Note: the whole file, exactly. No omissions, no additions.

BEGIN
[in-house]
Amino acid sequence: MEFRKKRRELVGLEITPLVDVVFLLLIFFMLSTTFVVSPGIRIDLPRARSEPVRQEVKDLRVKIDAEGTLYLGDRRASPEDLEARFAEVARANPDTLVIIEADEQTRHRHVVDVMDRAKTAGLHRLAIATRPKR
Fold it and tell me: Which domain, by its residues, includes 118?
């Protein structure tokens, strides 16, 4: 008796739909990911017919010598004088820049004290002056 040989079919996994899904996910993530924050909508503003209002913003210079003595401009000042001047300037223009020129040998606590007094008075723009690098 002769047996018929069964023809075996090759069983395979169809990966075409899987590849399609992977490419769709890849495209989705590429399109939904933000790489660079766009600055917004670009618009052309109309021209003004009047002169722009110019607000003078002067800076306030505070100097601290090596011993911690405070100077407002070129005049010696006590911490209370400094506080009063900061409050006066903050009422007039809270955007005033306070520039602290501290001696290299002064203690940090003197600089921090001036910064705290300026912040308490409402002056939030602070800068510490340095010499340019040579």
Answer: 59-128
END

[in-house]
Amino acid sequence: MEFRKKRRELVGLEITPLVDVVFLLLIFFMLSTTFVVSPGIRIDLPRARSEPVRQEVKDLRVKIDAEGTLYLGDRRASPEDLEARFAEVARANPDTLVIIEADEQTRHRHVVDVMDRAKTAGLHRLAIATRPKR
Fold it and tell me: Which domain, by its residues, includes 118?
């Protein structure tokens, strides 16, 4: 008796739909990911017919010598004088820049004290002056 040989079919996994899904996910993530924050909508503003209002913003210079003595401009000042001047300037223009020129040998606590007094008075723009690098 002769047996018929069964023809075996090759069983395979169809990966075409899987590849399609992977490419769709890849495209989705590429399109939904933000790489660079766009600055917004670009618009052309109309021209003004009047002169722009110019607000003078002067800076306030505070100097601290090596011993911690405070100077407002070129005049010696006590911490209370400094506080009063900061409050006066903050009422007039809270955007005033306070520039602290501290001696290299002064203690940090003197600089921090001036910064705290300026912040308490409402002056939030602070800068510490340095010499340019040579």
Answer: 59-128